The signification attributed to the term Militia appears from the debates in the Convention, the history and legislation of Colonies and States, and the writings of approved commentators. These show plainly enough that the Militia comprised all males physically capable of acting in concert for the common defense. ‘A body of citizens enrolled for military discipline.’ And further, that ordinarily when called for service these men were expected to appear bearing arms supplied by themselves and of the kind in common use at the time.
(My emphasis.) In order to bear arms “supplied by themselves and of the kind in common use at the time,” wouldn’t that mean that they had to keep them, at home, like the Swiss do today?
Who is it proposing “alternate history science fiction fantasy” here?
The Parker decision contains other historical errors that have been frequently repeated in gun rights scholarship. The Court falsely asserted there are no 19th century constitutional commentaries who favored the militia based reading of the Second Amendment. This would have shocked Joseph Story, the most influential commentator of the pre-Civil War era and Benjamin Oliver, one of the most influential popular constitutional writers of the antebellum era.
Stop right there. Let’s discuss Joseph Story for a moment. Here’s what Supreme Court Justice Joseph Story said in his 1833 Commentaries on the Constitution of the United States that’s been quoted so often:
The right of the citizens to keep and bear arms has justly been considered, as the palladium of the liberties of a republic; since it offers a strong moral check against the usurpation and arbitrary power of rulers; and will generally, even if these are successful in the first instance, enable the people to resist and triumph over them.
Here’s the entire quote in full context:
The next amendment is: “A well regulated militia being necessary to the security of a free state, the right of the people to keep and bear arms shall not be infringed.”
§ 1890. The importance of this article will scarcely be doubted by any persons, who have duly reflected upon the subject. The militia is the natural defence of a free country against sudden foreign invasions, domestic insurrections, and domestic usurpations of power by rulers. It is against sound policy for a free people to keep up large military establishments and standing armies in time of peace, both from the enormous expenses, with which they are attended, and the facile means, which they afford to ambitious and unprincipled rulers, to subvert the government, or trample upon the rights of the people. The right of the citizens to keep and bear arms has justly been considered, as the palladium of the liberties of a republic; since it offers a strong moral check against the usurpation and arbitrary power of rulers; and will generally, even if these are successful in the first instance, enable the people to resist and triumph over them.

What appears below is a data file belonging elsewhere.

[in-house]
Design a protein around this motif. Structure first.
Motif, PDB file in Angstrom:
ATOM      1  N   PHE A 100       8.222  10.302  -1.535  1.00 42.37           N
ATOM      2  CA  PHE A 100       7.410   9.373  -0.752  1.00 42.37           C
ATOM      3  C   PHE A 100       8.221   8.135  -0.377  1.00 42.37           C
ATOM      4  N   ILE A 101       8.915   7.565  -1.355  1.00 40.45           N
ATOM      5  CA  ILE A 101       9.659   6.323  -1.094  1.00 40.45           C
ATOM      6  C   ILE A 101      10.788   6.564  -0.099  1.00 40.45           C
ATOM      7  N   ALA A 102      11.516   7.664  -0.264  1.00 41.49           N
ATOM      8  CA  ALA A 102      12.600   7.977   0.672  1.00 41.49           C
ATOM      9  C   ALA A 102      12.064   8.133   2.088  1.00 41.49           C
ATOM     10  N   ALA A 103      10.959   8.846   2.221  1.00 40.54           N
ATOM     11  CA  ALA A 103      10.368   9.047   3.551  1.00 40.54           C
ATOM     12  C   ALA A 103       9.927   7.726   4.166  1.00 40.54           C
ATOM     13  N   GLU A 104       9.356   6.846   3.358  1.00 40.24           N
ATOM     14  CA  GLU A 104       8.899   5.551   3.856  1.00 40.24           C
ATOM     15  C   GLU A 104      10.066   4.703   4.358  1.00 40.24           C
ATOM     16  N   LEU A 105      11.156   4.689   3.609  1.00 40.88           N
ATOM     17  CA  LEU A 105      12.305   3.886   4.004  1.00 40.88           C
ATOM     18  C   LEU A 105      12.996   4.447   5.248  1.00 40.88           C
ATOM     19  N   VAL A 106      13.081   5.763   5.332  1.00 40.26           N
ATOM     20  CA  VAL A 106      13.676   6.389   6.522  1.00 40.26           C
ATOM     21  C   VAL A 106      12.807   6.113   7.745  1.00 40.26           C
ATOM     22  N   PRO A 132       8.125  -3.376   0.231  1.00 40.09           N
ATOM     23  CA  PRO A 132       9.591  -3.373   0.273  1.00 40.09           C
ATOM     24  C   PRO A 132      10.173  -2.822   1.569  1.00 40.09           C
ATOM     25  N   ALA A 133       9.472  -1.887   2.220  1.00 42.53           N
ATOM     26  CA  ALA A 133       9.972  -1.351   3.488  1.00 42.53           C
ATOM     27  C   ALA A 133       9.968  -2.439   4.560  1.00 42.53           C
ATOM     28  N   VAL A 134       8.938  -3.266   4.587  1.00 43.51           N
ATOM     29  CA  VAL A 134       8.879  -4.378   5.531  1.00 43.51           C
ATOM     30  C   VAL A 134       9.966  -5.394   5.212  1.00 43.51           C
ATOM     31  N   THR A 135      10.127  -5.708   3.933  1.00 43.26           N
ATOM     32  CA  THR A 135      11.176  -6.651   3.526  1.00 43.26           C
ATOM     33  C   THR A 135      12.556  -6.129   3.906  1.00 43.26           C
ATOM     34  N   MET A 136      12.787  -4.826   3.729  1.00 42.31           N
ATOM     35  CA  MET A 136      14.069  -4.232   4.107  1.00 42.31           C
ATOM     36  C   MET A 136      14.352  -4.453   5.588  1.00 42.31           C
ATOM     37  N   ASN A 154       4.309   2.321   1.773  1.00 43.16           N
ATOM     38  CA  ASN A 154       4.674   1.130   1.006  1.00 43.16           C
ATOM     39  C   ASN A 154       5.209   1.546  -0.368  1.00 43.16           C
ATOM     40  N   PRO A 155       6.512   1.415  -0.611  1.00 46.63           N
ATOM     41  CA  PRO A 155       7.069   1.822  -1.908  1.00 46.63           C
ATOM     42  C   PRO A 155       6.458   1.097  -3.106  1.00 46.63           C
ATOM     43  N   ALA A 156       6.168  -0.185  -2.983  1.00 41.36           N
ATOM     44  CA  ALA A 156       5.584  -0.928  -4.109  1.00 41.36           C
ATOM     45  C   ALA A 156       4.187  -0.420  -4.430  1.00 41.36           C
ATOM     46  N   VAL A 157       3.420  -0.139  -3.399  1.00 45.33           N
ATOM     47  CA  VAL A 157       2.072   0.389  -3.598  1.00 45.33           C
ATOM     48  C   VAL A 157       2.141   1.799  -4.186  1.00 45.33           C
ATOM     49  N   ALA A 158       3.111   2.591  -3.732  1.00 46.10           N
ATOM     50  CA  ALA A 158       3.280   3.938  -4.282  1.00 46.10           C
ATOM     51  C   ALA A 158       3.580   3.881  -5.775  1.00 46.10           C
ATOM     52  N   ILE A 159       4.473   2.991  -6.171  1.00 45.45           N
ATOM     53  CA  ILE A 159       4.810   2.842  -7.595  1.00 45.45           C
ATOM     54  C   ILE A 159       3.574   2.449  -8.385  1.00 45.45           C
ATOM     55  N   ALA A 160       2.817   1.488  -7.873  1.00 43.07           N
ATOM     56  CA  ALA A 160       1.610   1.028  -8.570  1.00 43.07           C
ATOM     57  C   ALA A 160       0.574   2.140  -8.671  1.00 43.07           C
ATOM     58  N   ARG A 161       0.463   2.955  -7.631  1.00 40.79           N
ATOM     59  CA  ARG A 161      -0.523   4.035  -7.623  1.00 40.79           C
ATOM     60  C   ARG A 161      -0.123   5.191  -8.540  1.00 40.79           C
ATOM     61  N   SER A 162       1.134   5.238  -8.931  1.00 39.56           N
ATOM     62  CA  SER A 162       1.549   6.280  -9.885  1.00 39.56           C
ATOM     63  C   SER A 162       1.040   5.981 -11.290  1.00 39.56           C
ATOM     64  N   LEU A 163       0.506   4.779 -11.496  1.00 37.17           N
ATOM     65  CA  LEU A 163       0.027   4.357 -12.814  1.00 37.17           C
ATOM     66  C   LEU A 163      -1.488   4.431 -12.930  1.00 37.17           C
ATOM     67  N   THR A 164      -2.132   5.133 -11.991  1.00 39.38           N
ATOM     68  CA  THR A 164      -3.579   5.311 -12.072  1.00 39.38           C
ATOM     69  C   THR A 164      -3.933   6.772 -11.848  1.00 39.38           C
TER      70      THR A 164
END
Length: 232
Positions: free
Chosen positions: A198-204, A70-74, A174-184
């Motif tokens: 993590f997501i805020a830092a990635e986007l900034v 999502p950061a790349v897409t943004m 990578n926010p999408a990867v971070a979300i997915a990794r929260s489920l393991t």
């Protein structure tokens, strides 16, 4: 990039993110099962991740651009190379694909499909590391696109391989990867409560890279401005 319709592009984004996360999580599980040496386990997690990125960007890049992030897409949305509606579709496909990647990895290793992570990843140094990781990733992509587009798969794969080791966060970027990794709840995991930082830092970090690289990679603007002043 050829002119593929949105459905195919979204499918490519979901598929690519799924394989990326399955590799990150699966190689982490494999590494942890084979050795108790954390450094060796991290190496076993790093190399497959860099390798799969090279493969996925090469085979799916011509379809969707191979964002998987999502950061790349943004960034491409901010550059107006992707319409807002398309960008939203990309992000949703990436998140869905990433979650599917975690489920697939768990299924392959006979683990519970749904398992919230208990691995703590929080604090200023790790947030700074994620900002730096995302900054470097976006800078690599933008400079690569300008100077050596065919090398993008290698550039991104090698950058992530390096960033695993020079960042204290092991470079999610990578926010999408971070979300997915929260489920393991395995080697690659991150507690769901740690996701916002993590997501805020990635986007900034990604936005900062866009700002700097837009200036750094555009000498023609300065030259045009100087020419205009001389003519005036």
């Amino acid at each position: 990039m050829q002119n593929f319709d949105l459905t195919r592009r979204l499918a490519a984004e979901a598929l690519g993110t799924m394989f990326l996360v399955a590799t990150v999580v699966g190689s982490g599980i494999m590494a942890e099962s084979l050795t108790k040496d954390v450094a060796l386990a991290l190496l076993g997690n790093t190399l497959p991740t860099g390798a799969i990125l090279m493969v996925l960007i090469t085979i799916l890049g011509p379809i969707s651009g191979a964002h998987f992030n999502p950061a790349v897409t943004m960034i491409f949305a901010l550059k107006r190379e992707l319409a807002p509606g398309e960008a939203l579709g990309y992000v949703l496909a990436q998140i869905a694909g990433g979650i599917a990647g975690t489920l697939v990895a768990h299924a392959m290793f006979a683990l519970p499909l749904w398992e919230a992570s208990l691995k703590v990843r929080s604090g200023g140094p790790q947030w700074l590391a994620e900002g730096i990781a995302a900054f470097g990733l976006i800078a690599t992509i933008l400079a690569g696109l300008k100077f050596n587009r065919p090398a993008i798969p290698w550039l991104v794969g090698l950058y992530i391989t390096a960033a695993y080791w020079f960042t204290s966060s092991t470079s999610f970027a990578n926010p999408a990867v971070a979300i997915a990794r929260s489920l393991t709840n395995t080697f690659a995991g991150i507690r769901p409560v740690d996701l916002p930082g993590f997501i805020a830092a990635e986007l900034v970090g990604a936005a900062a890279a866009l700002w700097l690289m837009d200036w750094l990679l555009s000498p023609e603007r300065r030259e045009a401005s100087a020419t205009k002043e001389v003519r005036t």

And yet, though this truth would seem so clear, and the importance of a well regulated militia would seem so undeniable, it cannot be disguised, that among the American people there is a growing indifference to any system of militia discipline, and a strong disposition, from a sense of its burthens, to be rid of all regulations. How it is practicable to keep the people duly armed without some organization, it is difficult to see. There is certainly no small danger, that indifference may lead to disgust, and disgust to contempt; and thus gradually undermine all the protection intended by this clause of our national bill of rights.
Here Professor Cornell seems to argue that Story’s fear – an indifferent population avoiding its duty – means that the government has the power to pass laws disarming them.